The workshop, said Scheu, is about the PFPF authority — not the terms of the deal, which is a different matter entirely.

“The mayor doesn’t want to pay the extra payments. We’re a little reluctant to give that up, now that it’s been codified by a federal court,” Tuten said.

“If the numbers don’t add up,” Tuten added, “it’s going to be a problem.”

Durden noted the board’s internal schedule conflicts precluded them getting together as a board.

“The mayor wants to get that information to you right away … what exactly’s in the deal,” Durden contended.

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The deal was framed by PFPF Attorney Bob Sugarman as a “momentous decision … equivalent to a merger and acquisition. The numbers are very large, and you’re going to need legal advice, as well as outside advice.”

Requiring focus: the reliability of revenue streams.

“We’ve made promises with share plans, extra contributions … the contracts are a little hazy on what all this means,” Tuten said.

“Are we going to need the mayor’s complete plan? If he doesn’t spell out his numbers, we’re talking to ourselves,” Tuten added.

Tuten framed “what the mayor wants” as “irrelevant.”

“You don’t come and say — just sign it man, no big deal. Our responsibility is to the members, to make sure it’s fiscally sound … the mayor should be presenting a very convincing case at the moment to us … until we get those things from the mayor, there’s no way we can meet March 15.”

“A lack of planning on your part does not mean an emergency on mine,” Tuten said, eliciting laughter from the table.

“We’re going to need you to show us why this is a good deal,” Tuten said, “because you’re not going to be mayor in eight years.”

“Paying extra now doesn’t necessarily cost the city anything,” Tuten said, given the money will come in later.

“They don’t want to skip one year, they want to skip every year,” Tuten explained.

Tuten said they might need two months to figure out the specifics of the deal.

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Scheu found it “shocking” that the board was being expected to approve a plan without hard numbers.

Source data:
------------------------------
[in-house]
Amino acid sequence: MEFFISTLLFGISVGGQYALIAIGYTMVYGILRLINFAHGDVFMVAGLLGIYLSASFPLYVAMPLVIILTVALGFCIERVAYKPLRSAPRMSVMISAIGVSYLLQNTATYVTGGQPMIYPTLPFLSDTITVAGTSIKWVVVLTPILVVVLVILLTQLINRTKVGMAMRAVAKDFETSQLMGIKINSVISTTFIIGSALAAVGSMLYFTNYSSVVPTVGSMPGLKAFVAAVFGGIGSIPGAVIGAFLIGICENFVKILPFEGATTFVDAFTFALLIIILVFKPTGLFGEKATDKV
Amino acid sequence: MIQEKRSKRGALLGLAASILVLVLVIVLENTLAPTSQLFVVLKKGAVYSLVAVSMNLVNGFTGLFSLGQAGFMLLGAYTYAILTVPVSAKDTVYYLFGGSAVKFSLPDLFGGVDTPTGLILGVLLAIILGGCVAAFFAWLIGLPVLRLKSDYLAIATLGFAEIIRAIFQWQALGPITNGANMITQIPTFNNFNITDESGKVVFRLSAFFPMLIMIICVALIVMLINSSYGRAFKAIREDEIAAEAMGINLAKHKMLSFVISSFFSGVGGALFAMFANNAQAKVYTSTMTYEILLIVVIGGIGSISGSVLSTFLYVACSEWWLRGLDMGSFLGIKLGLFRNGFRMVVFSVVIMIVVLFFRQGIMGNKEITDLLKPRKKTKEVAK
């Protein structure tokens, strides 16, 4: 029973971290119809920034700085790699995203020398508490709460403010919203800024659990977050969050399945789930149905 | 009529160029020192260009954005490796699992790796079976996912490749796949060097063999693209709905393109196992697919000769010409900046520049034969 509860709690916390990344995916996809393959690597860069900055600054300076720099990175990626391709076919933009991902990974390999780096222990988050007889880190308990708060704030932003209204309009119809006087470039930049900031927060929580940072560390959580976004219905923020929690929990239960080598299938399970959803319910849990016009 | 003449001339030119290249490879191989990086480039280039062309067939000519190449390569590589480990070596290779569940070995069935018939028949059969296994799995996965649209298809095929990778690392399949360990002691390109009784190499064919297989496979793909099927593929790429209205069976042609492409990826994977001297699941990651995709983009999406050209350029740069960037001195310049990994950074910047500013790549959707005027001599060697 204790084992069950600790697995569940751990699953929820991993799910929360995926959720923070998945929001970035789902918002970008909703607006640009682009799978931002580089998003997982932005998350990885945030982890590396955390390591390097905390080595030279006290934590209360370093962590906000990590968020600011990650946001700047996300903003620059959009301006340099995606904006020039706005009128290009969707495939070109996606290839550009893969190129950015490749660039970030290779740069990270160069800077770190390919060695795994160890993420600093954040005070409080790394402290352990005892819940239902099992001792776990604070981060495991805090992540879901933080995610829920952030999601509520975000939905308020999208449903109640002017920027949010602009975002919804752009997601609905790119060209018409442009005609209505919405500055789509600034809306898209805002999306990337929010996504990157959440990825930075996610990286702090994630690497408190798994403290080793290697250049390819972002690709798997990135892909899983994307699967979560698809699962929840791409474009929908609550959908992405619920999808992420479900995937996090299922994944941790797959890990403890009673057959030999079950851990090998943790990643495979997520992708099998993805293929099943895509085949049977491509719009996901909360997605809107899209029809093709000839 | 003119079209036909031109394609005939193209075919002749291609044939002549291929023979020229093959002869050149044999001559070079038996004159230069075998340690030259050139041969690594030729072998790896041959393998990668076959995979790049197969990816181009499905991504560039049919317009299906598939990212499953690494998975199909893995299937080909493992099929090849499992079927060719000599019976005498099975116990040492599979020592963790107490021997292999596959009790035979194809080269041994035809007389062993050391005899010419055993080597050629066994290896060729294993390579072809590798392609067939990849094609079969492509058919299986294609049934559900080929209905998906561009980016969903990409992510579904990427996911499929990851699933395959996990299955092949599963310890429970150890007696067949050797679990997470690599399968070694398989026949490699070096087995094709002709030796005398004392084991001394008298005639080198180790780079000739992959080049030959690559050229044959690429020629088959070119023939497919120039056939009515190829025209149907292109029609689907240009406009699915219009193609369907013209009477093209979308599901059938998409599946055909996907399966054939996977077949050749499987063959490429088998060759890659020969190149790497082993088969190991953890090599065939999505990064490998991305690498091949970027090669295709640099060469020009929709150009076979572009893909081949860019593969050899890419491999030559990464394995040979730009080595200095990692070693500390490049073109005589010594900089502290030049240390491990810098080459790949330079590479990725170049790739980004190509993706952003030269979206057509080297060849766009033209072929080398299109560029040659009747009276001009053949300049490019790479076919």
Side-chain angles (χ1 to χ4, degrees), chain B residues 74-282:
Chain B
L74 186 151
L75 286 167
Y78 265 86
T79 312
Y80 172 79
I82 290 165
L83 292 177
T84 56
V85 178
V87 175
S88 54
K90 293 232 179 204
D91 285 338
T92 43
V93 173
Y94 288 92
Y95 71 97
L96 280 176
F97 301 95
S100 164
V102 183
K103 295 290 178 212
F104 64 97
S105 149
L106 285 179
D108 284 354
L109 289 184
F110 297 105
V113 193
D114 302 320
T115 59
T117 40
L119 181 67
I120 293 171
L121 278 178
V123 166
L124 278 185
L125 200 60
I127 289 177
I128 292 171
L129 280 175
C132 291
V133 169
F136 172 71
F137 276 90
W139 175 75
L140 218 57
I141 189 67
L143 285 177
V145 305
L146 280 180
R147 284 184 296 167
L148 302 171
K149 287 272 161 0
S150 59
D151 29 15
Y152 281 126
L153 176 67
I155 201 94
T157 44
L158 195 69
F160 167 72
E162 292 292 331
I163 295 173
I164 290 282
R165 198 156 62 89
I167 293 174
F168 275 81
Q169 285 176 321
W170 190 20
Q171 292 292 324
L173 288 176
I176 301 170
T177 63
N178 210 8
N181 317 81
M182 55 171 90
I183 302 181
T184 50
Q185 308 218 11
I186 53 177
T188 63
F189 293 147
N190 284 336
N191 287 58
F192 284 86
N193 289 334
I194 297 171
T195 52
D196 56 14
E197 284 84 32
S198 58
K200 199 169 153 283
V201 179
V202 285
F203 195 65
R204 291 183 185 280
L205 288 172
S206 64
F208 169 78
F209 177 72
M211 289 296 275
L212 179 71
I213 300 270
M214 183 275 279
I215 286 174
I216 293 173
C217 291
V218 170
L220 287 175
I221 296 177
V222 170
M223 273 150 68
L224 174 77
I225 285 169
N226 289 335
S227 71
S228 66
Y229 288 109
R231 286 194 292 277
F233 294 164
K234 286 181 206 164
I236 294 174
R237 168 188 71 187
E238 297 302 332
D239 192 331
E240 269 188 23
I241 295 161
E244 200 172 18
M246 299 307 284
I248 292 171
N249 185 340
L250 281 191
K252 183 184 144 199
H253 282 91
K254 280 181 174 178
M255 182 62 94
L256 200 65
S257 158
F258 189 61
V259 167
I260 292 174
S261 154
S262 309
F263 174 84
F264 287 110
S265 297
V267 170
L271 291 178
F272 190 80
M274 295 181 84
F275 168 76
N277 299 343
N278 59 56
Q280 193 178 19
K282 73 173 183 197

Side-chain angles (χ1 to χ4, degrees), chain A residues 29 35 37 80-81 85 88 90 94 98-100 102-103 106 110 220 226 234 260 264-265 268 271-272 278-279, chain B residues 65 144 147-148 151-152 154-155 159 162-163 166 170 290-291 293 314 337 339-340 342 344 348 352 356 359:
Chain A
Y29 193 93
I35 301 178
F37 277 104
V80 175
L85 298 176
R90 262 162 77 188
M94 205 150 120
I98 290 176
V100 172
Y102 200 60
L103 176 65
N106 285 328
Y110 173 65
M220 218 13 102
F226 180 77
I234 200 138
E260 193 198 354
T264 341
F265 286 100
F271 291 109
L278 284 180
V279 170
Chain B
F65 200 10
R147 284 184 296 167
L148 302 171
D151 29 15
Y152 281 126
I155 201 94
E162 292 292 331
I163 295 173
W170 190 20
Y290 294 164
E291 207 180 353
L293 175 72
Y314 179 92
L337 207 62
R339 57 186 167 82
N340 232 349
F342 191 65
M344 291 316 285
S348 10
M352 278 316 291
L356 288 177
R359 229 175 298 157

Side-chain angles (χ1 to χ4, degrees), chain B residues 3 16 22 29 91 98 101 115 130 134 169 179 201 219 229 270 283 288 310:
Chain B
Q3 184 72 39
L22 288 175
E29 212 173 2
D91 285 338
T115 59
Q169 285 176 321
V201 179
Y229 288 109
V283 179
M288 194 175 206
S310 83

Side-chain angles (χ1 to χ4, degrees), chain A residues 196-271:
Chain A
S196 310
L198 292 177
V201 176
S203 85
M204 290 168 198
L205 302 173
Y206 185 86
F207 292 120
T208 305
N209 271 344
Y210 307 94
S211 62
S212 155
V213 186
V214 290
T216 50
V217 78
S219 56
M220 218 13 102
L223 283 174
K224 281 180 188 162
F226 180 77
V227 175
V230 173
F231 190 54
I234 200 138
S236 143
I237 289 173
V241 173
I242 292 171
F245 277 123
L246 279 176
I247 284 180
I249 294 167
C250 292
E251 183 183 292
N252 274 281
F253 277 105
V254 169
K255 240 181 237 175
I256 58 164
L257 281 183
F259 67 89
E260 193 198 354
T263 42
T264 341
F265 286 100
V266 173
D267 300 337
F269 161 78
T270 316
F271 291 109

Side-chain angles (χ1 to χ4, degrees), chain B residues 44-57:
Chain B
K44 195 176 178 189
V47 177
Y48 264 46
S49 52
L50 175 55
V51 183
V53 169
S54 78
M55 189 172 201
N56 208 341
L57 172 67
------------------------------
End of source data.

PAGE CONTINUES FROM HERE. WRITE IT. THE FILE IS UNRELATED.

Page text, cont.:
He also raised questions about whether the future value of the plan could be considered an asset.

Scheu also advised that “the mayor’s office will demean us” as a PR tactic.

“Now he’s likely to demean us for wanting to take our fidicuiary responsibility seriously. I for one think we need to exercise that,” Scheu said.

“We don’t have the power to sue the city,” Scheu said, “without city council approval.”

“The city is our partner here,” Sugarman said, “but we do have procedures we need to go through.”

This is especially true, Sugarman added, with a half a billion dollars on the line.

“Until we get a proposal, I can’t even tell you,” Sugarman said. “If the March 15 deadline is not realistic, that’s not our fault. We did not establish the Mar. 15 deadline. We need to know what we’re talking about.”

“It’s unlikely we’ll be able to do our due diligence in four weeks,” Sugarman said.

Sugarman noted that “each trustee has skin in the game,” and “you can’t buy enough insurance” to protect against personal indemnification if the pension deal doesn’t work out as advertised.

“All we have here is a deal sheet,” Sugarman said, and the real story is in the amendments and the ordinances

In sum, the PFPF believes that they had no say in the deal, and that without specifics, they can’t agree to the deal. They worry about revenue streams, usurped governance authority, and so forth.

There was also talk of enforcing the 2015 agreement in court, if need be.

On Friday afternoon, Mayor Curry offered a statement attempting to cool the tensions expressed in the PFPF Trustees meeting.

“Last weekend,” Curry said, “the Police and Fire union leadership reached a tentative agreement with us that keeps our promises to public safety workers, respects tax payers and is fiscally responsible. The tentative agreement included a timeline that would ensure that we solve this problem in a timely manner. The PFPF Board will have the financial information they need to make a responsible decision prior to their vote.”

Fire Union head Randy Wyse, in the crowd, understood the board’s position.

“I would not want the trustees to breach their fiduciary duty. They need time to make the right decision,” Wyse said.

Jacksonville passes HRO expansion, secures LGBT rights

The skinny: Almost five years after it was first put up for a council vote, Jacksonville’s legislators finally passed an expansion of the city’s Human Rights Ordinance on Tuesday.

The bill passed 12-6, with Councilmen Matt SchellenbergSam Newby, Danny Becton, Bill Gulliford, Doyle Carter, and Al Ferraro in opposition.

The HRO expansion offers long-awaited protections of the city’s LGBT community … if the mayor doesn’t veto it. If the mayor does veto the bill, the council would have to vote to override the measure.

The expansion would add sexual orientation, gender identity, and gender expression to the list of protected categories under the ordinance, which ensures that people aren’t discriminated against in the workplace, the housing market, or public accommodations (restrooms, locker rooms, and so on).

Mayor Lenny Curry returned the bill to the city council without his signature; the bill is now law.